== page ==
It’s allergy season around here. Like so many other climate-related things, it seems to be happening earlier and earlier. Years ago, my allergies would hit in June. We got married at the beginning of June and I was a congested mess for weeks before and after. I had a reprieve for many years and barely suffered at all. But this year, my hay fever is back, and it’s been uncomfortable for weeks. So I’m avoiding dairy, popping decongestants and working in the garden when the wind isn’t blowing the cottonwood around. When I come inside to read, I make sure I have tissues nearby.
Here’s what I’m reading this month:
At the Gym: The Humans by Matt Haig
On the Kindle: The Light Between Us by Laura Lynne Jackson
Beside the Bed: Some Nerve by Jojo Moyes
Books read to date in 2016: 32
The seed catalogues are arriving and so are the seeds! We’re trying some new things this year – pepper varieties generally only found in Mexico, a few Mexican herbs, and some new (to us) tomato varieties too. And that’s only what we’ve ordered so far. There will be more. I love the promise of this time of year. There’s anticipation but not much hard work. Although the greenhouse is an absolute horror show and it’ll require some cleaning and prepping before it’s ready for seed flats. For now, though, this year’s garden is more of a dream and less of a demand. And that means I still have lots of time to read.
Here’s what I’m reading this month:
On the Kindle: Little Beach Street Bakery by Jenny Colgan
At the Gym: After You by Jojo Moyes
In Front of the Fire: My Kitchen Year by Ruth Reichl
Books read to date in 2016: 11
Over the last week, I’ve been writing material for a series of guest blogs that will upload to various sites throughout the month of September, coinciding with the release of The Art of Getting Stared At. (I’m grateful to the bloggers for hosting me and when I get blog dates, I’ll share them.) A number of questions focused on the book itself but others were more general. Several people wanted to know my favorite book as a child.
That was a tough question to answer. I read early and voraciously, and my tastes changed as rapidly as I grew. I didn’t have just one favorite book. I had a series of favorites. But as I gave the question some thought, it occurred to me that my natural inclinations were obvious early on.
For the most part, even as a kid I gravitated to two types of books: contemporary stories that dealt with serious issues or over-the-top glamor romps. A close third was mysteries. I was a loyal Nancy Drew fan.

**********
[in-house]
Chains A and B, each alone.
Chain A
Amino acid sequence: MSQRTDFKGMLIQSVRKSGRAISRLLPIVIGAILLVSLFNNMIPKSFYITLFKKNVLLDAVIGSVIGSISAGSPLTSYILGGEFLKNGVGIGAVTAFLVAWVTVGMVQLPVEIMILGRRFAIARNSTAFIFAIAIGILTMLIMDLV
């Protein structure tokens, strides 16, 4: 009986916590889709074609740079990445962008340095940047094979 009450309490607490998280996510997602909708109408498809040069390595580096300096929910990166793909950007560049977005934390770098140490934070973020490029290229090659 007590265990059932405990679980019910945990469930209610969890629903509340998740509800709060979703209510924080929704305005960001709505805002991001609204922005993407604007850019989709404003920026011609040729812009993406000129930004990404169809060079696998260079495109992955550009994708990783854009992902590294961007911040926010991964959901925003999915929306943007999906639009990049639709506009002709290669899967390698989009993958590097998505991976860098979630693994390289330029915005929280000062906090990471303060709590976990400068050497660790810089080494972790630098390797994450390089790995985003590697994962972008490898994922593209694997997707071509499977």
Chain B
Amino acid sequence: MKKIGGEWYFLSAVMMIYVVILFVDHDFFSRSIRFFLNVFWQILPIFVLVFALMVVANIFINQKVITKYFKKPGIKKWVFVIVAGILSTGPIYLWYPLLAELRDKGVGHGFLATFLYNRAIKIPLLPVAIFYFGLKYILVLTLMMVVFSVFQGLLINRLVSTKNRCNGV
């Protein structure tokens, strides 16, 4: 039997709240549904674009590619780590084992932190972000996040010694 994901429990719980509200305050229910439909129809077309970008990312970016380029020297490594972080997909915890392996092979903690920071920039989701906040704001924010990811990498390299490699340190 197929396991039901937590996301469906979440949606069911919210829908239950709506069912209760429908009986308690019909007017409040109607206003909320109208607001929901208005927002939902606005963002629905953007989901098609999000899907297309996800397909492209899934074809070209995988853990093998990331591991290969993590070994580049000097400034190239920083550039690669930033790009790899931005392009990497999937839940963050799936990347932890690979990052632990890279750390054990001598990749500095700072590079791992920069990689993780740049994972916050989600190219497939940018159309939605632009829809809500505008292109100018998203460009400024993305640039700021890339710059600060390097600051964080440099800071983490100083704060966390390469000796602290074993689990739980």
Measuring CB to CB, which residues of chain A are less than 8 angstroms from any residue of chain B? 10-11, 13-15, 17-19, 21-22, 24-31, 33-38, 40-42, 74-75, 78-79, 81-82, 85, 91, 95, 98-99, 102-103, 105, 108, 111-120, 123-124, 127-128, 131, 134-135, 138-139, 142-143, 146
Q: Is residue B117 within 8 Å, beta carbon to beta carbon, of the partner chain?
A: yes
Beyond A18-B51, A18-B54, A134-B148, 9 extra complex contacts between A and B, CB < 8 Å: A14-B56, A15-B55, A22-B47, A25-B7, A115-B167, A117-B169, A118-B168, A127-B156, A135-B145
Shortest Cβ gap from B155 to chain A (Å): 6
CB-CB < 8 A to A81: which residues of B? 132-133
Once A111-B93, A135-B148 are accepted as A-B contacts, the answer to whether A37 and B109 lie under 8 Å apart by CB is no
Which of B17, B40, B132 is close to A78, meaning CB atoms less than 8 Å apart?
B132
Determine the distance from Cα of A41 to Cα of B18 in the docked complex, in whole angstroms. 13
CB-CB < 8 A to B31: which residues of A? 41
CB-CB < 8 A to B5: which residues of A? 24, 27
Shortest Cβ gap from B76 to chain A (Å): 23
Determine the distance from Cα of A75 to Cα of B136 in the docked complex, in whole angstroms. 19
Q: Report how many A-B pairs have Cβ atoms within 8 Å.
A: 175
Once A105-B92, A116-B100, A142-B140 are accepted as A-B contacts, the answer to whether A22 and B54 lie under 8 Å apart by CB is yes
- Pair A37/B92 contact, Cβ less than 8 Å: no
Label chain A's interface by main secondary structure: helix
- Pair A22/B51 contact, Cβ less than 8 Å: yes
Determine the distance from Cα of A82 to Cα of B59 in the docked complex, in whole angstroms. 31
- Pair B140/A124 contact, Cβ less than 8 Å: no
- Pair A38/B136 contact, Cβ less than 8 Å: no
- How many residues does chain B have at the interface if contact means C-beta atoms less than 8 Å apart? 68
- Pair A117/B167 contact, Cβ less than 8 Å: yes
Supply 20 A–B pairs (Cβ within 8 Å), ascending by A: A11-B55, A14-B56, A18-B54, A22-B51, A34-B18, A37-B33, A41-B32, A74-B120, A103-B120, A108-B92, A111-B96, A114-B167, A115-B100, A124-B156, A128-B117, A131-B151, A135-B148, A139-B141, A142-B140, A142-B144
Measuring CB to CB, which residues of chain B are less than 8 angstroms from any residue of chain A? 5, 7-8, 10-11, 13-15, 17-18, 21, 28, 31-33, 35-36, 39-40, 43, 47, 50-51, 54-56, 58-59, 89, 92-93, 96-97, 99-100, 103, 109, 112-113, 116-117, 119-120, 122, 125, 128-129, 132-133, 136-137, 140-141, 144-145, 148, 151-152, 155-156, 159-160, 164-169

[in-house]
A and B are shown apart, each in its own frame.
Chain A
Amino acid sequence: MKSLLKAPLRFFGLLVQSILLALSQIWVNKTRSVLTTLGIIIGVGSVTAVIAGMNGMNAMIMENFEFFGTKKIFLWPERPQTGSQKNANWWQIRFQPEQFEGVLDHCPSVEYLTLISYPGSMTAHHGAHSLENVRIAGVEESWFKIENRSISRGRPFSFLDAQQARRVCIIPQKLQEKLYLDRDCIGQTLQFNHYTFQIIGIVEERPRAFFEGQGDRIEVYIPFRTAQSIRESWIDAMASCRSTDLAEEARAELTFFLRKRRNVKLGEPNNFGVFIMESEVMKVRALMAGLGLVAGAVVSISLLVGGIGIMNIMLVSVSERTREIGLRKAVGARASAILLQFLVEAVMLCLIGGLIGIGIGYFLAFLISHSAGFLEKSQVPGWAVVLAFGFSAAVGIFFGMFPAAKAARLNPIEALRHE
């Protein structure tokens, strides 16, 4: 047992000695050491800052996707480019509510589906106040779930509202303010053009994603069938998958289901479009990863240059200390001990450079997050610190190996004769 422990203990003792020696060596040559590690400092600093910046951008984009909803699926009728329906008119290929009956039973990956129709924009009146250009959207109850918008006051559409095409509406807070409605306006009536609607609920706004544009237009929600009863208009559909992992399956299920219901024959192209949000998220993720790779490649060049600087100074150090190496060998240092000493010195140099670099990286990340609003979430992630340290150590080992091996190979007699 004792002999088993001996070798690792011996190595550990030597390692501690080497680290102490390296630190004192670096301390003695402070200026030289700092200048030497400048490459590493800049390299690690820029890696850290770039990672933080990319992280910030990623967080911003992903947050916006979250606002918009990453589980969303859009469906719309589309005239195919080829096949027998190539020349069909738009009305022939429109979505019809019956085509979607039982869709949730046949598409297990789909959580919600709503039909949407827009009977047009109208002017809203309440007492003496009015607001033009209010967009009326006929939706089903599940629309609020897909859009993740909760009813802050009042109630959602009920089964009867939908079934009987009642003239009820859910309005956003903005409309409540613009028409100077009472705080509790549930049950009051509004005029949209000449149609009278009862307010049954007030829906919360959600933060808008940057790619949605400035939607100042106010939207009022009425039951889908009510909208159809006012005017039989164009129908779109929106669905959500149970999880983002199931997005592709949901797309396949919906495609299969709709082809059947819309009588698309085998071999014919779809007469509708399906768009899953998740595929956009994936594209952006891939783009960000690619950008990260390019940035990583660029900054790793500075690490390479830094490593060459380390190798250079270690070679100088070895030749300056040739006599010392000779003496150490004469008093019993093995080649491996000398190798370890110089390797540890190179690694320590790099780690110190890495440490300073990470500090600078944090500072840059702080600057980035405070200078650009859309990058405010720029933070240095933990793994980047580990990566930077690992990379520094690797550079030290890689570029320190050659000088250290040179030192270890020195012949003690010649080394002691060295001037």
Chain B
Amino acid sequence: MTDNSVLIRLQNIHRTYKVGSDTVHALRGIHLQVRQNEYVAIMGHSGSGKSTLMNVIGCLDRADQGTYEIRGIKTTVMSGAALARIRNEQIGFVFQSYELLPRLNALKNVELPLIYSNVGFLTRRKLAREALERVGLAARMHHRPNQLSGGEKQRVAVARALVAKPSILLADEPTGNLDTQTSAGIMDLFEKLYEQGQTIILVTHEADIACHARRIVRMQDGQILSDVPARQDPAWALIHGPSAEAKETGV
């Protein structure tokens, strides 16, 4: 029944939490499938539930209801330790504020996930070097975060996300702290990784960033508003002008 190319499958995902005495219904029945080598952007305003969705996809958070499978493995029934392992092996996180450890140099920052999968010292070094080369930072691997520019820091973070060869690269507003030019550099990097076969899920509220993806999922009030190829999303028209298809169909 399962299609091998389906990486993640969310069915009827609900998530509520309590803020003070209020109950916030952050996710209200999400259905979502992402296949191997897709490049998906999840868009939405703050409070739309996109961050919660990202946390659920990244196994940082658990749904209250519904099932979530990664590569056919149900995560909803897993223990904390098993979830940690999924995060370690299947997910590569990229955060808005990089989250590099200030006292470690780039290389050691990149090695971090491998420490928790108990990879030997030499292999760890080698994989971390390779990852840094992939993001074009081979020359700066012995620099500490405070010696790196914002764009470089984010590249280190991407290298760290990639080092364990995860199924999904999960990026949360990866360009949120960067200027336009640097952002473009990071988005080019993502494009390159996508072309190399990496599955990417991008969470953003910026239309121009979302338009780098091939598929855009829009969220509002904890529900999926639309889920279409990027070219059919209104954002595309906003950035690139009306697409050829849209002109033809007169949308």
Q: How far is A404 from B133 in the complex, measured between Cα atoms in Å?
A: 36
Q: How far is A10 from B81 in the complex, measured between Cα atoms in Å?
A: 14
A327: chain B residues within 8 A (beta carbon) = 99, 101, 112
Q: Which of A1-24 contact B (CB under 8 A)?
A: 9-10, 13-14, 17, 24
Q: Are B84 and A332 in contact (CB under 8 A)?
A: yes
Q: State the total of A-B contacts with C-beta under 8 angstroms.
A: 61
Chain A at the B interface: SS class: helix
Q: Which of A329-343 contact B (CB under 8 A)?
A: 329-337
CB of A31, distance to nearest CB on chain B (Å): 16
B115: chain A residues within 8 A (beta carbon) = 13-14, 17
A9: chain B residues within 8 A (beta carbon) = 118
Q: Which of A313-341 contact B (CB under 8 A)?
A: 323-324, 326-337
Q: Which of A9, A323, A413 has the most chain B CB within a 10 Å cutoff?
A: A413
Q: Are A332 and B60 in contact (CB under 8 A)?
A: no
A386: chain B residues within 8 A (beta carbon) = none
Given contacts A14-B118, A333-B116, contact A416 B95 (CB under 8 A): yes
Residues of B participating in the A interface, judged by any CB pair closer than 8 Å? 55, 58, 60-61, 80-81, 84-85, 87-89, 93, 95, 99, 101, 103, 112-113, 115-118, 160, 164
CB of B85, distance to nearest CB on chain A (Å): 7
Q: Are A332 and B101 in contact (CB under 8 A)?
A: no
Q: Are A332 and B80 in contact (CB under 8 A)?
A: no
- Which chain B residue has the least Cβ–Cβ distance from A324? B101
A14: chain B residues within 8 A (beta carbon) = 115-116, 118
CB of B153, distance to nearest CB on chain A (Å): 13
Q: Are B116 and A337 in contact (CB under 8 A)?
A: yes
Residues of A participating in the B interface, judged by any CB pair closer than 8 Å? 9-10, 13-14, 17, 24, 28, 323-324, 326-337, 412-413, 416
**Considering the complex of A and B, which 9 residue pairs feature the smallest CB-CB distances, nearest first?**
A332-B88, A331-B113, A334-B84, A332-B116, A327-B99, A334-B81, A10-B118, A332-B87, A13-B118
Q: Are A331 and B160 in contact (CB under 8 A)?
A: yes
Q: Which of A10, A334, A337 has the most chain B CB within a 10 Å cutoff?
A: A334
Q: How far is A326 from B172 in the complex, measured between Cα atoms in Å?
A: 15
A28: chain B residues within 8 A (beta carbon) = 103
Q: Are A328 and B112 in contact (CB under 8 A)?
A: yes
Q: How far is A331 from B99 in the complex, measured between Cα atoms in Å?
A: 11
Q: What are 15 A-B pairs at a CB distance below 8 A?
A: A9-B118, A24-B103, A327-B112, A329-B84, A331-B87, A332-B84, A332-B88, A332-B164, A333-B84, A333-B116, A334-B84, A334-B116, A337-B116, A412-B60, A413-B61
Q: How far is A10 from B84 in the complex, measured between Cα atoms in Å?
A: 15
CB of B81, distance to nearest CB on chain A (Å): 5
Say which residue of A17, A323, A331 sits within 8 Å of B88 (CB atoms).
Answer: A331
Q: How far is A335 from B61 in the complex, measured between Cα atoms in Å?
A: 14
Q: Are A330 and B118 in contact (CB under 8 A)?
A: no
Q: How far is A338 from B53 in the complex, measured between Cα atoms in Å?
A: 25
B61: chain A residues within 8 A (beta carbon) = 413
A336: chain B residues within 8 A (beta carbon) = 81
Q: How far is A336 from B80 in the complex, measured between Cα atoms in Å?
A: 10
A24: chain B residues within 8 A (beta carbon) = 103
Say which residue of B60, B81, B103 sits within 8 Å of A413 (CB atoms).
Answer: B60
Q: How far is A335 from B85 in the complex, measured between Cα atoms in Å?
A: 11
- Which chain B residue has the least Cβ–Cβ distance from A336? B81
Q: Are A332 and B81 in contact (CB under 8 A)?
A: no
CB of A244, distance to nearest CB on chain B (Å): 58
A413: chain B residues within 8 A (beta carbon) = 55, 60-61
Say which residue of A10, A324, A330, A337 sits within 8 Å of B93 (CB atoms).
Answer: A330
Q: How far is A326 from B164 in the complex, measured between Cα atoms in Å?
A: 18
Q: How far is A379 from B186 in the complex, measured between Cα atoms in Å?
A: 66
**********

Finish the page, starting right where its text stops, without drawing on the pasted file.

By the time I was 11, I’d fallen in love with a series of Sue Barton nurse books. She had red hair (how glamorous) and helped save lives (how meaningful). Though it was toned down somewhat, there was gritty realism in those books. There was also realism in With Love From Karen about a young girl with cerebral palsy, and in a novel called Mrs. Mike about a 16-year-old Boston girl who moves to the Canadian wilderness, falls in love with a Mountie and copes with extreme hardship. At the same time, I escaped with a series of books about Donna Parker who visited relatives in Hollywood, traveled overseas, and talked a lot about clothes.
The serious/light split continued into my teens as I went through an Ann Rand phase, took up with depressing Russian novelists (Anna Karenina was a favorite) and scared myself silly with Sybil. At the same time, I devoured the rags to riches story of A Woman of Substance by Barbara Taylor Bradford, Once is Not Enough by Jacqueline Susann and any Sidney Sheldon book I could find.
Maybe that’s why when people ask me to name a favorite book or favorite author I’m as likely to say Jodi Picoult as I am Jennifer Crusie. Or maybe Jojo Moyes or Kristan Higgins. It depends on the day. It depends on my mood. It just . . . well . . . depends.
And don’t ask me to name my favorite food either. That’s another impossibility.
I’m on a Jojo Moyes reading kick at the moment. I hadn’t heard of this British novelist until about a month ago when a writer friend recommended I read her novel Me Before You (thank you EC Sheedy). I get lots of reading recommendations. And I have a ‘to be read’ pile that deserves its own zip code. But Me Before You – a layered and thought-provoking love story – sounded interesting. Plus, it was available at the library and in hard cover (and I’m always looking for hard cover books to read on the elliptical) so I picked it up. I figured I’d read it, in fits and starts, when I went to the gym.
It was a well-intentioned plan. But it failed. I read Me Before You in two days. I read it whenever and wherever I could (once when I was cooking dinner). When I wasn’t reading it, I was thinking about it. Or, more specifically, thinking about Louisa and Will. Me Before You made me laugh. It made me cry. And as soon as I finished, it made me go out and get another Jojo Moyes book.
What I’m reading right now:
At the Gym:
The Last Letter From Your Lover by Jojo Moyes
Beside the Bed:
Stitches by Anne Lamott
In the Tub:
The Storyteller by Jodi Picoult
Books read to date 2014: 14